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Distinguishing disability

Discuss the different ways people might be disabled, and figure out how we can adapt the world so it’s accessible.
Plan a session with this activity

If you want to, you could contact an organisation such as the Guide Dogs or National Autistic Society to visit and help everyone find out about disability. If anyone’s disabled or knows anyone who’s disabled (and they’re happy to talk to the group), you could invite them along to talk about their experiences.

  1. Split into small groups. Each group should talk about what they think the word disability means, and different ways people might be disabled.
  2. Everyone should share their ideas – what did they talk about? The person leading the game should help everyone understand what a disability is, and different ways people might be disabled.
  1. Get back into the small groups. The person leading the game should give each group a different impairment or condition to consider. For example, some people could think about sight impairments, others could think about people who use wheelchairs, or people with dyslexia.
  2. Groups should think about barriers people might face. What sorts of things might mean they’re left out or excluded?
  3. Groups should talk about things that could get rid of or avoid these barriers to make places and activities accessible. We’ve included some examples, to get you started.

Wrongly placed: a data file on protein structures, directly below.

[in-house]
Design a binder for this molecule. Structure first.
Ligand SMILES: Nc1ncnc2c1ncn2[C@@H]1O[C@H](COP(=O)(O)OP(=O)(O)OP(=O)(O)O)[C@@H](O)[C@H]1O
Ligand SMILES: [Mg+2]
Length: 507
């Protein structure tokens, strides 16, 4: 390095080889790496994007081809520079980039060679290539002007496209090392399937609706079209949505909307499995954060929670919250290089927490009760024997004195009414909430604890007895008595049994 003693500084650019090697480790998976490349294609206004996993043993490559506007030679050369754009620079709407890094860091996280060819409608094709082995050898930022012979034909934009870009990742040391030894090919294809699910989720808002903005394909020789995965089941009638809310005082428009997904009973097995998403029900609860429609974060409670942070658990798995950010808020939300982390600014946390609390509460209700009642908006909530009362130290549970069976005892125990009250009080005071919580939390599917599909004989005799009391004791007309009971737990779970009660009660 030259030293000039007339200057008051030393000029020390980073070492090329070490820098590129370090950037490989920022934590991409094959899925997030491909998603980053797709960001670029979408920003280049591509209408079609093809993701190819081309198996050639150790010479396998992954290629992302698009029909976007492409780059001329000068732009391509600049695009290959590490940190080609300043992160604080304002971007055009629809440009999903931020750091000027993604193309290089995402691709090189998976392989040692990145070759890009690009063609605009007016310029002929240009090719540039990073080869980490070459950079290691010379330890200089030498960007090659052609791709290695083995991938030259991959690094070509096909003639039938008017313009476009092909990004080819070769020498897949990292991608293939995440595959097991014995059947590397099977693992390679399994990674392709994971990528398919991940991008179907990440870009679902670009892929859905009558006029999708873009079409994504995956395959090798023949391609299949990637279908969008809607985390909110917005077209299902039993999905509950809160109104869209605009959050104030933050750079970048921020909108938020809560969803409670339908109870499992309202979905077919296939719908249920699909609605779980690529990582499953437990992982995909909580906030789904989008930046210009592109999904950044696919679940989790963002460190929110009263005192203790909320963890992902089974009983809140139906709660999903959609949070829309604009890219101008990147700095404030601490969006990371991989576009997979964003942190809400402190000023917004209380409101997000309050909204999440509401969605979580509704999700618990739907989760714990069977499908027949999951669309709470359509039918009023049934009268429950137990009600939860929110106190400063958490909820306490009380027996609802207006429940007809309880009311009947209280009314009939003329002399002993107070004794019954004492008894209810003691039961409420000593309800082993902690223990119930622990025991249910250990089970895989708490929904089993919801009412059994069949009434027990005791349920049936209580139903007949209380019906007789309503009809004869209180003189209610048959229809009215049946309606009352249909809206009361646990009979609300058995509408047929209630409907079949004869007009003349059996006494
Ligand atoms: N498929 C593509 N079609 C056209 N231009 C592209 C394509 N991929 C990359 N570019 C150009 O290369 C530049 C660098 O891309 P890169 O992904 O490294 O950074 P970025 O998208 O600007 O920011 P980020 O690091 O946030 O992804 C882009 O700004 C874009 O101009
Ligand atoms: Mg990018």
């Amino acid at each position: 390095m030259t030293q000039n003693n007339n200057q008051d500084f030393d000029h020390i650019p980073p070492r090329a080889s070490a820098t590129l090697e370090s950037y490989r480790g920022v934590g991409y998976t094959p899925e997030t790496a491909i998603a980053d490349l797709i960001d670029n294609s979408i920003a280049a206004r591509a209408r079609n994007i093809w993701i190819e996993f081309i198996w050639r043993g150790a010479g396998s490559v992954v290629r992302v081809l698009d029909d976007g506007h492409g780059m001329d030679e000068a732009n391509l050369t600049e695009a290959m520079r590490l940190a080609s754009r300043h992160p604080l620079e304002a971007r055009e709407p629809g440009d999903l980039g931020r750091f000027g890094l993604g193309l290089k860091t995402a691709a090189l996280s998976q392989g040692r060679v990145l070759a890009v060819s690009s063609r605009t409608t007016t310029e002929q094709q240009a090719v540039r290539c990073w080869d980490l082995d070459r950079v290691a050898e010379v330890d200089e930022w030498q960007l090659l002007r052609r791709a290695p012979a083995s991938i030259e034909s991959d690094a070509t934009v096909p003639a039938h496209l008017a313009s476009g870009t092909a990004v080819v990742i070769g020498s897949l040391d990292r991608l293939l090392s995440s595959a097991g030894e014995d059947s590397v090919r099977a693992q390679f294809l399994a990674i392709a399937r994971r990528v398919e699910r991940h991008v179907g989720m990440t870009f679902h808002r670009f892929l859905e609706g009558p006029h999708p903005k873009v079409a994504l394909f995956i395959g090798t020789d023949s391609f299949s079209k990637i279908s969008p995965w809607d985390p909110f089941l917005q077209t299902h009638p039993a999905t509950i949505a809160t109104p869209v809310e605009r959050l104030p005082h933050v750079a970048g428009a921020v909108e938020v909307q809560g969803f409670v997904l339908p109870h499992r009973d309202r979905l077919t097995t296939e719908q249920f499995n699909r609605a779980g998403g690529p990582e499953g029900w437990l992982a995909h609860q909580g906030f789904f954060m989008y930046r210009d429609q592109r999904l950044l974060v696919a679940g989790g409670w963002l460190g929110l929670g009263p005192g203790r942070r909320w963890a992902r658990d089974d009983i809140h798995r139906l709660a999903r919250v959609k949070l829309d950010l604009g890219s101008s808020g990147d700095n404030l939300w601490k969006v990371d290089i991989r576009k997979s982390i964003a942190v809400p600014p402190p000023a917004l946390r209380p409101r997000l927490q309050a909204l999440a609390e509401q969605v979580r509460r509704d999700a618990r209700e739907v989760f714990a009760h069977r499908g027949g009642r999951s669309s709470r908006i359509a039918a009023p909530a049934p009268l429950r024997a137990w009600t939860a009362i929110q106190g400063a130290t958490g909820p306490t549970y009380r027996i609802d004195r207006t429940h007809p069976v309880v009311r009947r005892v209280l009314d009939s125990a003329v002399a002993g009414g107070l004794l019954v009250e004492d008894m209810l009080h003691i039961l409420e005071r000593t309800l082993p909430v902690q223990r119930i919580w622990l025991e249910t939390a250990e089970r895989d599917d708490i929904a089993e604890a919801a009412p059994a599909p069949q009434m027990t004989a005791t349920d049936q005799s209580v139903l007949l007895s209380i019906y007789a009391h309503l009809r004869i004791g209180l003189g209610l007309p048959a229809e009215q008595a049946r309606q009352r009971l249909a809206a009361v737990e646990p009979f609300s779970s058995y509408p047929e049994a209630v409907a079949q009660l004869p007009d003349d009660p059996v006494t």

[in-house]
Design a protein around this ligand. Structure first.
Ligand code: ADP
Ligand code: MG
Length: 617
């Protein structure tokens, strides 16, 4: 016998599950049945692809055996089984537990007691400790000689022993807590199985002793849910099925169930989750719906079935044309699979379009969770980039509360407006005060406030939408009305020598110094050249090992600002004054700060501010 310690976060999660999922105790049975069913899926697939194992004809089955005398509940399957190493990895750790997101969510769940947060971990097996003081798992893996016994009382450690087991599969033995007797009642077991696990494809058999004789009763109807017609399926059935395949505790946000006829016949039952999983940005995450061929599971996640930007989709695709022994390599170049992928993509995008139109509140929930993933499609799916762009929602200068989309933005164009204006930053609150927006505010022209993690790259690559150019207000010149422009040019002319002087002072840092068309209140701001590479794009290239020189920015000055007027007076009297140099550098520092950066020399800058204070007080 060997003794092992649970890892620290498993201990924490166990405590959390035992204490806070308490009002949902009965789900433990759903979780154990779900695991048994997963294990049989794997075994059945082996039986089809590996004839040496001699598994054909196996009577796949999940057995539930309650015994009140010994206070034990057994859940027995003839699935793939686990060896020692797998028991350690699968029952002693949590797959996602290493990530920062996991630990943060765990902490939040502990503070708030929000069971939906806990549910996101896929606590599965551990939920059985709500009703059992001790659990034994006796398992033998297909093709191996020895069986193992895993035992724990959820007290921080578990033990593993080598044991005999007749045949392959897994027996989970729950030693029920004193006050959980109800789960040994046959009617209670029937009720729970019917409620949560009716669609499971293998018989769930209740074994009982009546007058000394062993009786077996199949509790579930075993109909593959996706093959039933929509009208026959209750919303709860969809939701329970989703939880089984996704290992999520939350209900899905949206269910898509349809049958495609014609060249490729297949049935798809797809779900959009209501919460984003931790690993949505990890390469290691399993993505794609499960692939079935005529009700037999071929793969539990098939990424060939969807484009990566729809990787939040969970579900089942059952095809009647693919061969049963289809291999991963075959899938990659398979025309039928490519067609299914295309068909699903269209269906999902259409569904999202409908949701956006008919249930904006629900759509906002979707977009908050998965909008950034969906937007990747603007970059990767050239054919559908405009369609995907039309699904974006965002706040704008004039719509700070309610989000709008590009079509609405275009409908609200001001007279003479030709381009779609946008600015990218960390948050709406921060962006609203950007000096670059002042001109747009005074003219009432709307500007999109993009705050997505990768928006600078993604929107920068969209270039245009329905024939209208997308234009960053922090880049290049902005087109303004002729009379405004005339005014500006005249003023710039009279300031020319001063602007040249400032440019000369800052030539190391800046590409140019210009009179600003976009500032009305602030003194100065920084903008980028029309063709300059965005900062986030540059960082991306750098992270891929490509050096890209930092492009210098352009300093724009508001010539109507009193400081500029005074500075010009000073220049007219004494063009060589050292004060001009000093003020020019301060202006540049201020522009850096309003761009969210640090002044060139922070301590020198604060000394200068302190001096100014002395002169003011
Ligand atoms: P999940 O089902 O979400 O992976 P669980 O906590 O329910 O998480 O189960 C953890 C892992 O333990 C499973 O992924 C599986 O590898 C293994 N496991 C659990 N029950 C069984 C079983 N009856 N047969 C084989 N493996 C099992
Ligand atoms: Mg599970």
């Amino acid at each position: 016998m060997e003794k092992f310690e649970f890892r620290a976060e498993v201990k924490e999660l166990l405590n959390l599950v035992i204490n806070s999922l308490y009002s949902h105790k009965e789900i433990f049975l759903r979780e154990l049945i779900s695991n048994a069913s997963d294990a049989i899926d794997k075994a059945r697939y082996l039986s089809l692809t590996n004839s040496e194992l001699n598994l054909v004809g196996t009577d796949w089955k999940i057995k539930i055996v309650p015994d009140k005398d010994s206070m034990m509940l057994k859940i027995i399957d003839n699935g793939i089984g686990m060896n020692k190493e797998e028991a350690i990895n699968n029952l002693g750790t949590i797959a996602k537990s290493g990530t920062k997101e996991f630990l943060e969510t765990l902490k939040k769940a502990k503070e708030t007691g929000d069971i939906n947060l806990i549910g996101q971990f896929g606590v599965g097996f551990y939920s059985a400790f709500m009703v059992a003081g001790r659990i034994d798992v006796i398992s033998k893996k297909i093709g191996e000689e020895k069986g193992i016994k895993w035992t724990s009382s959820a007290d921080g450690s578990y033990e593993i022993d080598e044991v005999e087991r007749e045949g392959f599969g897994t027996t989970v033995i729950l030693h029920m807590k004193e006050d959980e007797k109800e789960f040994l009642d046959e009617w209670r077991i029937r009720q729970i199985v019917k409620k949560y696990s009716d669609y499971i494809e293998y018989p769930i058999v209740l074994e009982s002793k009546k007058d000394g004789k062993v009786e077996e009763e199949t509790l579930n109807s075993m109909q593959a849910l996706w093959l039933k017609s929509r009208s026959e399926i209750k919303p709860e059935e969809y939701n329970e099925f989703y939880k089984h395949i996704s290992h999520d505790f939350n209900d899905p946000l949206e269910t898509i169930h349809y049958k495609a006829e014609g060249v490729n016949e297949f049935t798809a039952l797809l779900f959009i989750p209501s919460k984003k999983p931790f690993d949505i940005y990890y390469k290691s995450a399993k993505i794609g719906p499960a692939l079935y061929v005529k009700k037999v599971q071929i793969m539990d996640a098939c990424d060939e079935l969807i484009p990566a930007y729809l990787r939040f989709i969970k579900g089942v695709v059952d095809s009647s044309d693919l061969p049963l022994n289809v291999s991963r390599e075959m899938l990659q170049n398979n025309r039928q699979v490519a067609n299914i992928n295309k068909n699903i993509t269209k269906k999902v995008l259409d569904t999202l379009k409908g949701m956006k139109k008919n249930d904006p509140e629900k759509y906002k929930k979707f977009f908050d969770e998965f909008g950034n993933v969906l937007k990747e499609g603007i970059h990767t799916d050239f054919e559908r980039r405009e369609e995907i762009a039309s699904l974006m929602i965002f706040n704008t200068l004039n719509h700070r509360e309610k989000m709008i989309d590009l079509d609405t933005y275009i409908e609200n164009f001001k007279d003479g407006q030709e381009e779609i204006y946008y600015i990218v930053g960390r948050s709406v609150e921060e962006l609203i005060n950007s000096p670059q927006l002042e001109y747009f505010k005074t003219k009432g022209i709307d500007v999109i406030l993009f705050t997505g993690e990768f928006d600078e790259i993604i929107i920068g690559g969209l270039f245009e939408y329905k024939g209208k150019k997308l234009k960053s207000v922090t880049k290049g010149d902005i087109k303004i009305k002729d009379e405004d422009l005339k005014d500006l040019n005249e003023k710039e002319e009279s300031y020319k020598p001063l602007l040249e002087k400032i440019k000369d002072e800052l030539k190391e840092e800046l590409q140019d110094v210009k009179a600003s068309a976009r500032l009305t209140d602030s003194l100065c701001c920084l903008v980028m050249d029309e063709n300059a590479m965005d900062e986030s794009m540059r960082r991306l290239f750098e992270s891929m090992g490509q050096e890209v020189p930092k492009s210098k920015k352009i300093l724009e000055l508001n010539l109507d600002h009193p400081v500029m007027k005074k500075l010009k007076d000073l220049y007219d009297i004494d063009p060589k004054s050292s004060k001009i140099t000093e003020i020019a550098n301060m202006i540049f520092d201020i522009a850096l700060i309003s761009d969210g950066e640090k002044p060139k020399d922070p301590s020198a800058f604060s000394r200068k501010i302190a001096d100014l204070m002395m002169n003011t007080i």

4. Everyone should come back together and share some of their ideas. What can you do to make sure everyone’s included?


This activity helped you to respect others. Now that we know that some disabilities are invisible, how does this change how we think about other people (for example, if we see someone very angry or upset we won’t stare at them or presume they’re being naughty)? Why is it important to make sure disabled people are able to access things? Why is it important to ask before you try to help a disabled person?

This activity also gave you the chance to care about other people. How do you think it feels to be left out because people don’t make activities accessible? How do you think it feels when people make sure that things are accessible? Why is it important that we think about accessibility? What can we do to help make things accessible?


All activities must be safely managed. Do a risk assessment and take appropriate steps to reduce risk. Always get approval for the activity and have suitable supervision and an InTouch process.